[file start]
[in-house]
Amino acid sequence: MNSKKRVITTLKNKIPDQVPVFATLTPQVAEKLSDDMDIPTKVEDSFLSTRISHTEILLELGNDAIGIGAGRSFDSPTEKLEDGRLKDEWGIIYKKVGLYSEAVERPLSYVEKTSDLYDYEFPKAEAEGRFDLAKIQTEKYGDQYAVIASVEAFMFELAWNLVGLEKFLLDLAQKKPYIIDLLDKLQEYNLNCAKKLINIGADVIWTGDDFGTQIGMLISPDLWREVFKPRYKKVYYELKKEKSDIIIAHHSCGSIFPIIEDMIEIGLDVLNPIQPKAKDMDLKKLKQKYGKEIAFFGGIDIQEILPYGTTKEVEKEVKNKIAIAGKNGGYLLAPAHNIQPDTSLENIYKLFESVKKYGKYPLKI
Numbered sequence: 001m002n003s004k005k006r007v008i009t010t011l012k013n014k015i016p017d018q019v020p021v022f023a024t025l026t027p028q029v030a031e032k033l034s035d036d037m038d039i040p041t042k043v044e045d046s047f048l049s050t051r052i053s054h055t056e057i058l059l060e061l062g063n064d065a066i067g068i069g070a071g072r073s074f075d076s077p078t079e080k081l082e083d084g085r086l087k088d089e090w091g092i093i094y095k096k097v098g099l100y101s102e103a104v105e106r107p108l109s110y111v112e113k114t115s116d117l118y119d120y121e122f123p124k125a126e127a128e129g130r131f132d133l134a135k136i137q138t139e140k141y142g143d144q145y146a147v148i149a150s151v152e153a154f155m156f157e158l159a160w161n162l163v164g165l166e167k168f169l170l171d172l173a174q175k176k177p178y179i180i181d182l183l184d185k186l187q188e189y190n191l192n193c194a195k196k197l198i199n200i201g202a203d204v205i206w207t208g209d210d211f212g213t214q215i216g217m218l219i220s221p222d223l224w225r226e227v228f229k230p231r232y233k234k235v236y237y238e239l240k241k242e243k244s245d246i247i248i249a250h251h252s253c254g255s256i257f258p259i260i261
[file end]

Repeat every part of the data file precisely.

[in-house]
Amino acid sequence: MNSKKRVITTLKNKIPDQVPVFATLTPQVAEKLSDDMDIPTKVEDSFLSTRISHTEILLELGNDAIGIGAGRSFDSPTEKLEDGRLKDEWGIIYKKVGLYSEAVERPLSYVEKTSDLYDYEFPKAEAEGRFDLAKIQTEKYGDQYAVIASVEAFMFELAWNLVGLEKFLLDLAQKKPYIIDLLDKLQEYNLNCAKKLINIGADVIWTGDDFGTQIGMLISPDLWREVFKPRYKKVYYELKKEKSDIIIAHHSCGSIFPIIEDMIEIGLDVLNPIQPKAKDMDLKKLKQKYGKEIAFFGGIDIQEILPYGTTKEVEKEVKNKIAIAGKNGGYLLAPAHNIQPDTSLENIYKLFESVKKYGKYPLKI
Numbered sequence: 001m002n003s004k005k006r007v008i009t010t011l012k013n014k015i016p017d018q019v020p021v022f023a024t025l026t027p028q029v030a031e032k033l034s035d036d037m038d039i040p041t042k043v044e045d046s047f048l049s050t051r052i053s054h055t056e057i058l059l060e061l062g063n064d065a066i067g068i069g070a071g072r073s074f075d076s077p078t079e080k081l082e083d084g085r086l087k088d089e090w091g092i093i094y095k096k097v098g099l100y101s102e103a104v105e106r107p108l109s110y111v112e113k114t115s116d117l118y119d120y121e122f123p124k125a126e127a128e129g130r131f132d133l134a135k136i137q138t139e140k141y142g143d144q145y146a147v148i149a150s151v152e153a154f155m156f157e158l159a160w161n162l163v164g165l166e167k168f169l170l171d172l173a174q175k176k177p178y179i180i181d182l183l184d185k186l187q188e189y190n191l192n193c194a195k196k197l198i199n200i201g202a203d204v205i206w207t208g209d210d211f212g213t214q215i216g217m218l219i220s221p222d223l224w225r226e227v228f229k230p231r232y233k234k235v236y237y238e239l240k241k242e243k244s245d246i247i248i249a250h251h252s253c254g255s256i257f258p259i260i261